New York multi-media artist Roberto Visani is currently undertaking a residency at Chelsea and Wimbledon as part of a unique artist-in-residence programme established in partnership with New York Foundation for the Arts (NYFA). The residency aims to give New York based artists an exciting opportunity to work in central London alongside the colleges’ staff and students.
Roberto, who has exhibited internationally in venues such as New York’s New Museum of Contemporary Art, Barbican, London and Ghana National Museum, will spend four weeks at Chelsea and Wimbledon, during which time he will deliver lectures and workshops for Fine Art students as well as undertaking his own research and practice.
Here at Chelsea, he has been working closely with Patricia Ellis – an artist, art writer, consultant and curator whose research spans all areas of contemporary art and who joined the college from Camberwell in January as the new Course Leader of MA Fine Art.
We invited Patricia to speak with Roberto about his new work, survivalism, and the potential of firearms as a new social model.
Patricia: I’m so excited you could join us this year as the artist-in-residence at Chelsea and Wimbledon. How has it been for you so far in London? And what are you working on while you’re here?
Roberto: It’s been very exciting. People here are very nice. It’s so great to be at a world leading art school and see what the students are doing, what the faculty are doing, and be able to take advantage of some of the resources. So far I’ve been able to interact with the students at the Chelsea and Wimbeldon campuses through lectures and workshops, as well as informally. They impress me as being very committed to their studies and really open to new possibilities in their creative practice, which I think is essential.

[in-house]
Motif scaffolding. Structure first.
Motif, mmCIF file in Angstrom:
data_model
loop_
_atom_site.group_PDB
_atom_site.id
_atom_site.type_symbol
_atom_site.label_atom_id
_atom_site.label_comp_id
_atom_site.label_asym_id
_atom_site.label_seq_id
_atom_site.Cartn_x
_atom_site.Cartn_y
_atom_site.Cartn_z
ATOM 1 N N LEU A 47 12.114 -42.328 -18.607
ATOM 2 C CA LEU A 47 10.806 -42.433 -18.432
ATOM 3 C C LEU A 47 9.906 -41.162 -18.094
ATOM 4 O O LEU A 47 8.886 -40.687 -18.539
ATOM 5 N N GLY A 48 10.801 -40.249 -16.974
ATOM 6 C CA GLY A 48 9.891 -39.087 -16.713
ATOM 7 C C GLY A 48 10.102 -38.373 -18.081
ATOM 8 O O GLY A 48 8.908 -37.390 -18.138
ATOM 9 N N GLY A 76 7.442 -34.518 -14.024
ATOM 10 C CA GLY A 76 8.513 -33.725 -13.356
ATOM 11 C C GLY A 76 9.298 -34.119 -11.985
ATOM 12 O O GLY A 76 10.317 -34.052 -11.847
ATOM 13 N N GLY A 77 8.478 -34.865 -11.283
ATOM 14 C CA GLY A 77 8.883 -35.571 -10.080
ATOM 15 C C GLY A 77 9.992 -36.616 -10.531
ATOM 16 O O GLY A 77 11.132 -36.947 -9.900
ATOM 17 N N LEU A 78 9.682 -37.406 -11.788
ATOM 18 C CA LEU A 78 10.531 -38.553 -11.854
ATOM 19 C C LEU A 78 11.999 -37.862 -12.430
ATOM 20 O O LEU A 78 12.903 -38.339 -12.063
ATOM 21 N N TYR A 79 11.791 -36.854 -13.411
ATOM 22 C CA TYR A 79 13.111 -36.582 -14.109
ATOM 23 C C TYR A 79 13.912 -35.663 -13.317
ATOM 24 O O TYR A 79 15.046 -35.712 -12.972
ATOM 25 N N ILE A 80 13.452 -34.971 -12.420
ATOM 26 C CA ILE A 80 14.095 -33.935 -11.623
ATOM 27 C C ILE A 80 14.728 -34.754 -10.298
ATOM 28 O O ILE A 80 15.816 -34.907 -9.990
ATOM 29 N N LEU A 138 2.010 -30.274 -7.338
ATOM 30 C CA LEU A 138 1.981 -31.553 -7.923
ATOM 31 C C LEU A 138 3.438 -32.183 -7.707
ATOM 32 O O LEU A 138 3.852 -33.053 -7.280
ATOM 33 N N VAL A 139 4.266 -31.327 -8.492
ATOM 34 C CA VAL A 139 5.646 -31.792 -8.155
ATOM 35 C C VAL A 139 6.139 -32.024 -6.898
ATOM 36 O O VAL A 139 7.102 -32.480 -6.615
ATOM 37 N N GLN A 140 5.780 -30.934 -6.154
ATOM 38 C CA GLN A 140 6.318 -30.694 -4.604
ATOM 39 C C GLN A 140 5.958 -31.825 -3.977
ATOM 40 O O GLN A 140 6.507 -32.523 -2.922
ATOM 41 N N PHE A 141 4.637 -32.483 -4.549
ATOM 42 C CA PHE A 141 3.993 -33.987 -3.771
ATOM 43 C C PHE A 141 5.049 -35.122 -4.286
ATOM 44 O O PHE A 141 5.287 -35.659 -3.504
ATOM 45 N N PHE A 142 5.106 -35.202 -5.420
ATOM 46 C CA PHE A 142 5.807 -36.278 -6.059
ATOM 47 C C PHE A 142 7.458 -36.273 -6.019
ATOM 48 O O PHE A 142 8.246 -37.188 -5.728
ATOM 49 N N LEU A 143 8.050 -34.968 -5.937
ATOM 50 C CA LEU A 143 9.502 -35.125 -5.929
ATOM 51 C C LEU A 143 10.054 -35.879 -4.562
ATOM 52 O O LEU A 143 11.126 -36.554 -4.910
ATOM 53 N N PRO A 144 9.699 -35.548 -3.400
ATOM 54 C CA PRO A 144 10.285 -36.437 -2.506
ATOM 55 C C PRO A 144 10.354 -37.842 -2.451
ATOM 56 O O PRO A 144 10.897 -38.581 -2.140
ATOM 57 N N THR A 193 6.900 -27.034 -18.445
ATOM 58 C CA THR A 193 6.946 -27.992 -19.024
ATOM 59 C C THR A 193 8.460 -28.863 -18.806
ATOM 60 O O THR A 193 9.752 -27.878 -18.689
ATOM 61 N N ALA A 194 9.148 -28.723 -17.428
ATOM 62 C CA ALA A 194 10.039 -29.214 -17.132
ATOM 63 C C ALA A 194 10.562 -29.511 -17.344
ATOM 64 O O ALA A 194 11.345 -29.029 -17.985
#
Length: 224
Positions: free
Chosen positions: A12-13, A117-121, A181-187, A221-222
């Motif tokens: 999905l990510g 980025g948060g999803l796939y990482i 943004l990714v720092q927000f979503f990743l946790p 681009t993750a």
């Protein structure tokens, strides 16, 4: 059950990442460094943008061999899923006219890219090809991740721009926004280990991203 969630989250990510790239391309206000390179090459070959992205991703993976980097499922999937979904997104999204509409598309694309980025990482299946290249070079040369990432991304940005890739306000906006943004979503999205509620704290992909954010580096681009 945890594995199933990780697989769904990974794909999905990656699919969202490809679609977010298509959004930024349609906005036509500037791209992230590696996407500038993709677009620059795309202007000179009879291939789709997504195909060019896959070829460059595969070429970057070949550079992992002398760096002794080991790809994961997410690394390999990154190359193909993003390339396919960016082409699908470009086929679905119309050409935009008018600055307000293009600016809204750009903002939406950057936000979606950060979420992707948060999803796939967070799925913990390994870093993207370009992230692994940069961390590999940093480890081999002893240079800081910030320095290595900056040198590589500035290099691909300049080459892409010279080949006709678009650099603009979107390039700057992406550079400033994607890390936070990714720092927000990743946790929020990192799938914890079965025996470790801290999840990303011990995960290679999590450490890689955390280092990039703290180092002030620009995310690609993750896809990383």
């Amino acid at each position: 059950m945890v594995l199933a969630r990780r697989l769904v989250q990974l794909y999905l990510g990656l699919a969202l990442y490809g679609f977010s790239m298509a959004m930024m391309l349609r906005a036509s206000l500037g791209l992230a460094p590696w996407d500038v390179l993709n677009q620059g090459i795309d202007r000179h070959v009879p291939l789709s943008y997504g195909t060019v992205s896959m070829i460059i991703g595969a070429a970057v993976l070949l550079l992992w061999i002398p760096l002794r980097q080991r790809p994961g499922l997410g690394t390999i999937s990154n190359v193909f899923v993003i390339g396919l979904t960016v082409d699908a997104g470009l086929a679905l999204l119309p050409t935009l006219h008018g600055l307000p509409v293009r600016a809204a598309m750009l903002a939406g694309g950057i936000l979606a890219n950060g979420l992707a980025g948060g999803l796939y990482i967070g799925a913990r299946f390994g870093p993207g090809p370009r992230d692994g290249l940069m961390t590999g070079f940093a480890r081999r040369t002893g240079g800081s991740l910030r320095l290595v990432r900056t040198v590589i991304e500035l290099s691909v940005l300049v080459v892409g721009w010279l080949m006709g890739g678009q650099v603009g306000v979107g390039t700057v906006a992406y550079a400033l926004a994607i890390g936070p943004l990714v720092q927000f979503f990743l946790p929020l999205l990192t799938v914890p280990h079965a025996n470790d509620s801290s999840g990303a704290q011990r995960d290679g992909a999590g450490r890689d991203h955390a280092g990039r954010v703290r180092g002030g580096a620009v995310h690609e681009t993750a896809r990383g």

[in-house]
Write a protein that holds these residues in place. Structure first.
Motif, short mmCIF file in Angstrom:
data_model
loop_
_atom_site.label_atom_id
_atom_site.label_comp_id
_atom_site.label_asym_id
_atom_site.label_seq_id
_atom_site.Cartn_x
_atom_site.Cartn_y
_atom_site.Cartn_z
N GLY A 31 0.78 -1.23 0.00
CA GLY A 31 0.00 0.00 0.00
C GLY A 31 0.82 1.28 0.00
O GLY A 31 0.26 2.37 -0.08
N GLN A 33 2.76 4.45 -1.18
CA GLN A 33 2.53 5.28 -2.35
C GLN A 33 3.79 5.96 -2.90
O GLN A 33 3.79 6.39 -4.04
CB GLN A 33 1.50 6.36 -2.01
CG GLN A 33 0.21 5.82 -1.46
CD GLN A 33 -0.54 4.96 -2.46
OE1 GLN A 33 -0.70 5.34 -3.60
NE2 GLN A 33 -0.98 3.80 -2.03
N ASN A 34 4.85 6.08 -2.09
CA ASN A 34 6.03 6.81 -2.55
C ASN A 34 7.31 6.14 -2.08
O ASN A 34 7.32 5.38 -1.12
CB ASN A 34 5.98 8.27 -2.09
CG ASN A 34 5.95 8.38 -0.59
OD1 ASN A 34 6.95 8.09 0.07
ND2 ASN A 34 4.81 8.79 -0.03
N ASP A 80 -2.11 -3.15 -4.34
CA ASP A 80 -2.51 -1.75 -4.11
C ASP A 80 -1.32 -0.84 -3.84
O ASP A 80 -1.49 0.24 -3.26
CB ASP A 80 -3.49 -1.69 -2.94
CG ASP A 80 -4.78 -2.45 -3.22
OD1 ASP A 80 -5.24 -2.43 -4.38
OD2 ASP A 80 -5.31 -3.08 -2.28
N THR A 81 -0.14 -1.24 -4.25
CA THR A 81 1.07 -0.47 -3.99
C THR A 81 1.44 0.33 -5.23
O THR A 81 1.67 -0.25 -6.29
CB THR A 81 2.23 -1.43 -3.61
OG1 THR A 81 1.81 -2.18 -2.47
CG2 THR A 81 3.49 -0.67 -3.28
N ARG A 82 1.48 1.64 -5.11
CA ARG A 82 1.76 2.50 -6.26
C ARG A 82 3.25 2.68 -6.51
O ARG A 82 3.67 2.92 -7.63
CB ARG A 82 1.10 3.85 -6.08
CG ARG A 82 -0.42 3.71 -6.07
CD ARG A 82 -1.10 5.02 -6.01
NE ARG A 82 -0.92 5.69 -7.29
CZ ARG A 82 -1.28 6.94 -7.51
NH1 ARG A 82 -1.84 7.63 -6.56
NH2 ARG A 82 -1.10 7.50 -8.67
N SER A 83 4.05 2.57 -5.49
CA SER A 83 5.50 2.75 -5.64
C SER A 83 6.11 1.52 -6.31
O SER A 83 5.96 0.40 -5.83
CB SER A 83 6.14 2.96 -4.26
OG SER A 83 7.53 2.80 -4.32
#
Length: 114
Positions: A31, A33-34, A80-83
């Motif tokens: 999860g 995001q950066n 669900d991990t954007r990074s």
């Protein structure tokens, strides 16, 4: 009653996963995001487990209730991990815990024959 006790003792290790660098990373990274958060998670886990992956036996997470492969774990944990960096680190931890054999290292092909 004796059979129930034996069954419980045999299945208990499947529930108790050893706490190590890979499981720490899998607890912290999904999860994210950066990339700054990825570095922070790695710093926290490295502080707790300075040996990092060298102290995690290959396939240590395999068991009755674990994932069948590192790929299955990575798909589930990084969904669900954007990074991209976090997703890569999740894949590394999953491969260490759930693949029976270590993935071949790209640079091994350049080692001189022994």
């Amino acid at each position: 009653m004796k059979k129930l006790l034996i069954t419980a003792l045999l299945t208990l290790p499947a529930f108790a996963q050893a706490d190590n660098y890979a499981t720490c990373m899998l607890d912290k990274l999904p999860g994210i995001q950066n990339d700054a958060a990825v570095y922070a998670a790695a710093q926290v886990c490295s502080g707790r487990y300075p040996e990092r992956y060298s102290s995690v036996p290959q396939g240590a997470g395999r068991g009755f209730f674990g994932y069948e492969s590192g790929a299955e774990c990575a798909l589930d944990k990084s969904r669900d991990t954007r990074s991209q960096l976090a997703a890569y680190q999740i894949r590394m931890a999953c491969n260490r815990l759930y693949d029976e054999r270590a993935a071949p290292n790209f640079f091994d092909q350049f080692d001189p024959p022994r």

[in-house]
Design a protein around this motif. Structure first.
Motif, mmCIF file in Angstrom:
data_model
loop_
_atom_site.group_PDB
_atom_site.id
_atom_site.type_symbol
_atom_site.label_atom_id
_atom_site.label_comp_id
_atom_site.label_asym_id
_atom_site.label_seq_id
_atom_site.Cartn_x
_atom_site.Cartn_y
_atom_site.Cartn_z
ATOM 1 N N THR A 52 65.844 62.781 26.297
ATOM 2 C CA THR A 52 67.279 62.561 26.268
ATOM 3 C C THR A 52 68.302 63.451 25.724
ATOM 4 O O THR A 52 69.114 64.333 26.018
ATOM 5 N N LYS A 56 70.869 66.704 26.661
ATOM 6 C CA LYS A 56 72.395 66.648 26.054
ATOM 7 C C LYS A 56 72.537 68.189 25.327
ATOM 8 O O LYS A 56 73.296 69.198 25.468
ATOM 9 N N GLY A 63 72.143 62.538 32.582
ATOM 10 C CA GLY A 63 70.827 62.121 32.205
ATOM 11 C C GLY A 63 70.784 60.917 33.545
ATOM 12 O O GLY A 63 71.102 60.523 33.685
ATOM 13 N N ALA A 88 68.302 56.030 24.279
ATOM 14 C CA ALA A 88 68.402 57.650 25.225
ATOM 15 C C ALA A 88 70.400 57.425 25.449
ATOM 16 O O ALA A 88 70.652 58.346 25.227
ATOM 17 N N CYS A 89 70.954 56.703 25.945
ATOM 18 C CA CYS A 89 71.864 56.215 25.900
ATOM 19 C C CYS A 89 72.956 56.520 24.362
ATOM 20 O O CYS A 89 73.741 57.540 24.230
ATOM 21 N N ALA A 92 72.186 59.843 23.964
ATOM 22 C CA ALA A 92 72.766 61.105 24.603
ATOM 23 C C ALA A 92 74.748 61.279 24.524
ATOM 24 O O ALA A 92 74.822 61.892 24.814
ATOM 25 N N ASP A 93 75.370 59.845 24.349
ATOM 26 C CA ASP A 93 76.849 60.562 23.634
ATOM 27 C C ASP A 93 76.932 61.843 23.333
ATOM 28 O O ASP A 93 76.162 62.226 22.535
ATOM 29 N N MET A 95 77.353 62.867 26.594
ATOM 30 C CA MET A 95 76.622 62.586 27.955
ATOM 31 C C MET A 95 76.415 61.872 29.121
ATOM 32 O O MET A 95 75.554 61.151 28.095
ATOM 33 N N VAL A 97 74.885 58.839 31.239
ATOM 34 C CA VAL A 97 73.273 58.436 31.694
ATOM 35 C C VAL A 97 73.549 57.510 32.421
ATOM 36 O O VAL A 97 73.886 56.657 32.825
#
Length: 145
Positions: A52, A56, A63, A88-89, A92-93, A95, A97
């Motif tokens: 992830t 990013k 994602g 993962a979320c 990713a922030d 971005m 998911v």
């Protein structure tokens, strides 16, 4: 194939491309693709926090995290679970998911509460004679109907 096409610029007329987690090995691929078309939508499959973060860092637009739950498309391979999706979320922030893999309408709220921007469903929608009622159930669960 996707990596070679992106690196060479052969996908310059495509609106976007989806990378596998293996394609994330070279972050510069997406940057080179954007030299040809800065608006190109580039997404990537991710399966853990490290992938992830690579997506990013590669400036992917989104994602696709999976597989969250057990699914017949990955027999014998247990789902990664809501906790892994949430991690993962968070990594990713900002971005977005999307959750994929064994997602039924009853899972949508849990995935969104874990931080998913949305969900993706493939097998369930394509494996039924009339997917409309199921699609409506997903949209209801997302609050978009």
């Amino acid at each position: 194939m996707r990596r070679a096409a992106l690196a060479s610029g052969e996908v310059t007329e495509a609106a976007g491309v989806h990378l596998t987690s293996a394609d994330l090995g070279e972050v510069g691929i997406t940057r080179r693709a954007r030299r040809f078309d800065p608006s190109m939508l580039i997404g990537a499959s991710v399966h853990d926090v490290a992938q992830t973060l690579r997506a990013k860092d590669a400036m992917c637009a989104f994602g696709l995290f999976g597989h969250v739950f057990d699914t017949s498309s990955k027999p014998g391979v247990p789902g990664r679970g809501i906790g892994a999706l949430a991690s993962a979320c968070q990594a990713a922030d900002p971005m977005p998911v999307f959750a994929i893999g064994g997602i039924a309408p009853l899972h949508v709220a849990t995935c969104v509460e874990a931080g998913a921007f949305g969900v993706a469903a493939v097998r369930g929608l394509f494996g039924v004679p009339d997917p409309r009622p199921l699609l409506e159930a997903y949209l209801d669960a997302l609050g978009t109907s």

I have a varied practice, so I do drawing and sculpture – it’s conceptually driven and shaped by circumstance. Because of the time frame, I decided to create collages while I’m here, which is a way I intuitively respond to a situation. These works negotiate a dialogue between figure and ground through the translation of texture, color, media, etc., and have a loose relationship to the reformation of identity which is something that comes up throughout all my work.
P: You’ve got a big show coming up in America quite soon?
R: I’m going to be in the Joshua Triennial, which happens in California, in Joshua Tree National Park. I’ll be doing a large site-specific piece there; it’s an architectural sculpture. I’m working primarily with bamboo to make a linear form that will respond to the landscape.
Being resourceful is important to my work. Especially looking at materials and processes that are fairly accessible, hence collage, assemblage, and, in this, case bamboo. Buckminster Fuller is an inspiration for this piece. However, whereas Buckminster Fuller’s work is fairly systematic, my process is very much spur of the moment with decisions based on the length of the bamboo forms. How they’re connected together ultimately determines the interior and effects the overall form of the work.
I like to think about the ‘lowest common denominator’ sometimes, as a means to generate ideas. So I thought about forms like a hut or pyramid, these simplified iconic yet abstract architectural structures. And within that, how could I complicate it through improvisation. I was also thinking about these shelters that people have to make after a storm or a hurricane where people have to work with the materials they have locally in order to create something.
P: This notion of efficiency or re-purposing is really core to your practice. Throughout your work there’s a sense of immediacy to the materials you use – and there’s an optimism of attainability that’s inherent to that. It’s maybe a kind of positively focused ‘survivalism’ – a proposal for a more sustainable way of being. I’m very interested in art’s potential to envision a future: to open up new dialogues, new ways of working, provide alternatives to the current modes of market-orientated production. I’m very curious about your concept of adaptability in relation to this.
R: Me too, I like to think about it like access. Are the ideas accessible – are the tools, materials, process accessible? Its empowering to think of our surroundings in this way. When I was at art school, I was looking at Arte Povera artists, American artists like David Hammons, Jimmie Durham, and Robert Rauschenberg, and how the work would reflect the economic, cultural and historical circumstances they were linked to. And then, after I finished school, I went to Africa – and the same kind of thing was happening, but it wasn’t necessarily for art. It was out of necessity. When you are placed in a particular situation where you don’t have resources, that can be a real catalyst to be more creative. That was the biggest thing I took away from my time there.